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Amazon.com reviews… shills?

Category : book

There have been some comments in the Amazon.com forums that seem to imply that many of the reviews of the 4HWW Book (especially the five-star positive ones) are posted by paid shills, fake reviewers, or otherwise are unrepresentative of the actual reader population. Is this true? I have no idea. It’s hard for me to verify. I for one posted a 4-star review, but it never appeared on Amazon.com (grumble).

I feel that the book does its purpose: help change the mindset that 40 hours a week is necessary to run a successful business and maintain high income. However, I can easily see how many of the ideas in the book are shallow and immature, and as well, one can tell that Tim Ferriss does prefer to bend the rules rather than follow them (the win-by-default kickboxing incident, anyone)? However, is this truly bad? While breaking the rules in an unethical or immoral (or illegal) way can never be condoned by anyone, any good entrepreneur knows that the “conventional wisdom” or common knowledge is rarely wisdom and is too common.

Sometimes it pays to break the rules and play outside the lines. However, is this the case with the Amazon.com reviews? Is it fair to use Amazon.com as a marketing tool (rather than a reader-led consumer-oriented site)? Is it ok to pay reviewers in the way that many are paying bloggers? Are we facing an ethics battle for the soul of the Web?

Also, I was pointed to the PodTech interview with Tim and comments that are less than favorable. I posted a comment on the blog, but not sure if it will appear. Here it is:

    “Wow. It sure looks like the tide is turning against Tim Ferriss (or am I just noticing more of the skeptical posts). I for one have found the book interesting enough to try it myself and see if it will have any impact on my life. I am even baring my experiences for the world to see on my blog (at http://www.fourhourworkweekdiary.com). If it is a hoax, if it is a sham, if it is a failure, the world will see, and I will be responsible (and ethical) enough to show it. If it has merit, however, I want to find that and share it too.I believe that the core lesson in the book is one of time management and rethinking the 40-hour workweek. I think there’s merit in that. As for the rest and Tim’s claims about himself, that’s for Tim to defend. Just like you all, I take self-motivated claims with a grain of salt. ”

I don’t want to pass judgment here. If the reviews are all real, then we have to acknowledge the popularity of this book. And if you believe me, I’ve contributed to some of the positive Amazon.com reviews. I am NOT a shill. I haven’t received a penny or any sort of back-scratching from anyone to say diddly poop about this book. And if I get ticked off or bored, I’ll just drop the site altogether.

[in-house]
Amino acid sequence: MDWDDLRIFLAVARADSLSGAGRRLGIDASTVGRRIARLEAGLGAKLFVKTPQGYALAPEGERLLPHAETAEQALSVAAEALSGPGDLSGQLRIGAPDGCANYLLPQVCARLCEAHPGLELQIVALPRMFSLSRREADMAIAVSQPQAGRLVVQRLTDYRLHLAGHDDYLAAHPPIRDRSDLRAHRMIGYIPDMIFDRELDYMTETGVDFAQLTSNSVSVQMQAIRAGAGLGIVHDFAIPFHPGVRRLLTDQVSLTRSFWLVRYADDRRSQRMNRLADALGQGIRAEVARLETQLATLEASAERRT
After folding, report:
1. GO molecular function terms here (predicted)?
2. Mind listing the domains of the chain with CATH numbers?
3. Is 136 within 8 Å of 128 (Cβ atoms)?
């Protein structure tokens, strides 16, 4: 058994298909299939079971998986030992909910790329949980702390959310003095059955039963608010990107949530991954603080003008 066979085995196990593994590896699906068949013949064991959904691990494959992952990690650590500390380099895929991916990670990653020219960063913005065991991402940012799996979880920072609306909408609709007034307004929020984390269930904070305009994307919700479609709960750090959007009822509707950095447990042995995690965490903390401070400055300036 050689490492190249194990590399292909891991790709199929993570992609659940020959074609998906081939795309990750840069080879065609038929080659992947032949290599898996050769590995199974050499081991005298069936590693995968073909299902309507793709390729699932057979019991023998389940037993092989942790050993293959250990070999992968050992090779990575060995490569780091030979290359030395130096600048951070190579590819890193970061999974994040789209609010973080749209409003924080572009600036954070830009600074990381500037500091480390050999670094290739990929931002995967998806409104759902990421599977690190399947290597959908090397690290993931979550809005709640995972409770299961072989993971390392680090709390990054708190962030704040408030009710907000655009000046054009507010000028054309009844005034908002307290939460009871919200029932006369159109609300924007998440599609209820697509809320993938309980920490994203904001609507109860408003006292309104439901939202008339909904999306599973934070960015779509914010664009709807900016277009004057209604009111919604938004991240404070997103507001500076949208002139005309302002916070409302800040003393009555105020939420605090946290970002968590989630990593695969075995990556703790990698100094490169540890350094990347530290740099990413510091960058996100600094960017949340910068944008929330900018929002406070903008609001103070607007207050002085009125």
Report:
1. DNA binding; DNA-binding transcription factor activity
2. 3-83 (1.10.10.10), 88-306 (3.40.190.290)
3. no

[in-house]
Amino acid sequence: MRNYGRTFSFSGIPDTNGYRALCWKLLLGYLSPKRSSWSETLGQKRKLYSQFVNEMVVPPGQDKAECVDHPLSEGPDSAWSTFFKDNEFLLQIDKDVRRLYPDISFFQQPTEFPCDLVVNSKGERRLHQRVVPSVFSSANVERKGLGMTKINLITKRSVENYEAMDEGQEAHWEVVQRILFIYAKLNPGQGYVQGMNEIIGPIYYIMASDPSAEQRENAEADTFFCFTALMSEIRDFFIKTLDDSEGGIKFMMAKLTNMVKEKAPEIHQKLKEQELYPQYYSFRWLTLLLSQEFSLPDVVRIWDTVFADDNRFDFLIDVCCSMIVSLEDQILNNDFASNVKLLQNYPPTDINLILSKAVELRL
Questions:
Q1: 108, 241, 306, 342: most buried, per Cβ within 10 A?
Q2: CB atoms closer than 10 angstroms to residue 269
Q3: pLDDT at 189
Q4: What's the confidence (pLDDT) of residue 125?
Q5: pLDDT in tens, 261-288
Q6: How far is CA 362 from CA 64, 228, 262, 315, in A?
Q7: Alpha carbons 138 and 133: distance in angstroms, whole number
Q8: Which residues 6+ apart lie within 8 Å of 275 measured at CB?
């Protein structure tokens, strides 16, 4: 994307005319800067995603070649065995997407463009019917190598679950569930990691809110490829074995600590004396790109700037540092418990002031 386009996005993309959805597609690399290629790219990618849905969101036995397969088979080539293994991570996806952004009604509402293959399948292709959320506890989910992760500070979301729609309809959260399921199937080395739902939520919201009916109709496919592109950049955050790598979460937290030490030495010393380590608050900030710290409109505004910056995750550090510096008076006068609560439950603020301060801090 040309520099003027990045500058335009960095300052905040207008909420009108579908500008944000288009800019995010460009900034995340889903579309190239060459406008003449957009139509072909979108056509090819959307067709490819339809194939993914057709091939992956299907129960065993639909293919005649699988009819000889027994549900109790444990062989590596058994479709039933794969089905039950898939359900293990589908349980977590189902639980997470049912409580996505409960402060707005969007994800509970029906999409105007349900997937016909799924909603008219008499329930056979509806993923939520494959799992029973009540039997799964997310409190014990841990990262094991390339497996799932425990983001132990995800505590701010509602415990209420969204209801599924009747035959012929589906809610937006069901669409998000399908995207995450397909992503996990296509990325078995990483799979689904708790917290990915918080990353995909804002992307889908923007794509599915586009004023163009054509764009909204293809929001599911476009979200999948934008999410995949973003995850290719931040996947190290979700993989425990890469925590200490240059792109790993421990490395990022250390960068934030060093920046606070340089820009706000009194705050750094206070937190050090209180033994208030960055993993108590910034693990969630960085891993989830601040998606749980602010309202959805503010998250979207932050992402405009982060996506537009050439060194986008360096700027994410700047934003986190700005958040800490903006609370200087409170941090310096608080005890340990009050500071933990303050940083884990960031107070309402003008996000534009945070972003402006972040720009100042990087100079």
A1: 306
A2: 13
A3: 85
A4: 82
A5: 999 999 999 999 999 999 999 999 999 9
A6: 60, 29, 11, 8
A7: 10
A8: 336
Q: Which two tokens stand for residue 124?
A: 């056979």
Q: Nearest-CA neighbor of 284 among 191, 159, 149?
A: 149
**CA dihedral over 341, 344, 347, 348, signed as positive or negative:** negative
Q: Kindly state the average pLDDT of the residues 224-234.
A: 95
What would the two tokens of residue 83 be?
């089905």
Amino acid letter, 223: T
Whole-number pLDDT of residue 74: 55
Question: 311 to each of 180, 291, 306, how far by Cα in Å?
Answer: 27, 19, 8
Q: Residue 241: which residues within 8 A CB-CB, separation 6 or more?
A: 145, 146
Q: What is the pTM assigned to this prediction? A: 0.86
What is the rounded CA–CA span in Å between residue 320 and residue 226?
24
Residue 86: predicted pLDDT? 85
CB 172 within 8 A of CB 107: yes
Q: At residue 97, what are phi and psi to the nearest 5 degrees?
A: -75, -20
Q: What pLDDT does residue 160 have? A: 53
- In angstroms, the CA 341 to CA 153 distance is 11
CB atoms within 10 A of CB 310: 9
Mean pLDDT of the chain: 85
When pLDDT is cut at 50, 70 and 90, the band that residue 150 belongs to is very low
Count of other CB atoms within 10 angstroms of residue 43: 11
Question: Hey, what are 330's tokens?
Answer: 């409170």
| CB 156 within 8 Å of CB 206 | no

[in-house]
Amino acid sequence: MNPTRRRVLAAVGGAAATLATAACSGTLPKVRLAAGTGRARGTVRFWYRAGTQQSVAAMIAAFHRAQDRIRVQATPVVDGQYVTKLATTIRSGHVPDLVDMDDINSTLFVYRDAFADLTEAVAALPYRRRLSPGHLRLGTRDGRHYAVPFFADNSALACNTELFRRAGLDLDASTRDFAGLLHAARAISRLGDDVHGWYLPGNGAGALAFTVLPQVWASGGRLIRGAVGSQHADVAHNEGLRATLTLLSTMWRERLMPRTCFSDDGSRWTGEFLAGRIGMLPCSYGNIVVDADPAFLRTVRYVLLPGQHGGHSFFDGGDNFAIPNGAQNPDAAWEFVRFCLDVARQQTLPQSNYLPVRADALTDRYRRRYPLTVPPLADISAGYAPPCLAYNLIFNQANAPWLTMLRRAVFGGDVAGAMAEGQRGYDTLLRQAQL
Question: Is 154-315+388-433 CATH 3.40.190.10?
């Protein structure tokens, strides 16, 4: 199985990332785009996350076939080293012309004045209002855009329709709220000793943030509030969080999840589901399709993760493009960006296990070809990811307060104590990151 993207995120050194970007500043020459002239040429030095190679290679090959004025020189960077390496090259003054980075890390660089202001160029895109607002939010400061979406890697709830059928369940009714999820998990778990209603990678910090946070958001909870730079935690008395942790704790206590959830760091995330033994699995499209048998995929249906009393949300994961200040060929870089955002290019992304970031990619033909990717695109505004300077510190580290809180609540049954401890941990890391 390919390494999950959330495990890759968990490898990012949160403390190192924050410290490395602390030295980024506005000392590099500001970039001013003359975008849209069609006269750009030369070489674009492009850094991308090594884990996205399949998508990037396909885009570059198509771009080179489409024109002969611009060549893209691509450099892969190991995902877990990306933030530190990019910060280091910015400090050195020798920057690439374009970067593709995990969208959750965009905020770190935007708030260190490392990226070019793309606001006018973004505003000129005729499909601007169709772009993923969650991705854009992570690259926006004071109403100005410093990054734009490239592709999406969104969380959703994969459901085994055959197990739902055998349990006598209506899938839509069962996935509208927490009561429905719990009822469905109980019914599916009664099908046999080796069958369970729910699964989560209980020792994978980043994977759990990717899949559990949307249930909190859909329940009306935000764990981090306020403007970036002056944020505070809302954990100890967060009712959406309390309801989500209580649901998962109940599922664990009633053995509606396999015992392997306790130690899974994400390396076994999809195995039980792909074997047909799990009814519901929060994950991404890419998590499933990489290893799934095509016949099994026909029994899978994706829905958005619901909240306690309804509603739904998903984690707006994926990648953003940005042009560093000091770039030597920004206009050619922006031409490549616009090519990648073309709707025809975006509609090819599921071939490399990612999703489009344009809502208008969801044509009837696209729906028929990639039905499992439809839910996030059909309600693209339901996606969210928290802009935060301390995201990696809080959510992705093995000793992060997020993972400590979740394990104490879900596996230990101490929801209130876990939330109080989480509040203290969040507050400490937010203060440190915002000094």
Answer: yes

Just comment on this blog and let me know. Do you think the Amazon.com reviews are real? Do you care? Does it matter? What do you think of folks that game the blogging / web-based economy for their marketing purposes? Is this to be expected? commended? frowned upon? worth penalizing? I’d like to know.

Required FTC Disclosure:

This blog is a personal blog written and edited by me. For questions about this blog, please contact Rex at info [at] fourhourworkweekdiary [dot] com. This blog accepts forms of cash advertising, sponsorship, paid insertions or other forms of compensation. The compensation received may influence the advertising content, topics or posts made in this blog, including the article written above. That content, advertising space or post may not always be identified as paid or sponsored content. The owner(s) of this blog is compensated to provide opinion on products, services, websites and various other topics. Even though the owner(s) of this blog receives compensation for our posts or advertisements, we often give our honest opinions, findings, beliefs, or experiences on those topics or products. The views and opinions expressed on this blog are purely the bloggers' own. Any product claim, statistic, quote or other representation about a product or service should be verified with the manufacturer, provider or party in question. This blog may contain content which might present a conflict of interest. This content may not always be identified.

Comments (2)


I followed this trail to this blog. I believe that I just bought one of your products at BlogMaestro and I joined MyBloLog? Are these your companies? Perhaps these sites are how you will become independently wealthy. I’m making a decent living as a school administrator, but I’d like to figure out a way to not depend on it. In fact, I see my 9-5 as a way to get to my 4 day work week. Are we talking 4 ten hour days? My question is how can I learn from what you and others are doing? Also, what the hell did I sign up for in BlogMaestro, if that is your product? Look forward to a reply (after which I’ll respond to this particular blog).


Hi Brian –

I’ve never heard of BlogMaestro. In fact, the only things I have to sell are merchandise (shirts, etc) and ads on my site. What did you buy? It certainly is not affiliated with me. Can you forward me a link to what you purchased? How did it lead you to my blog?

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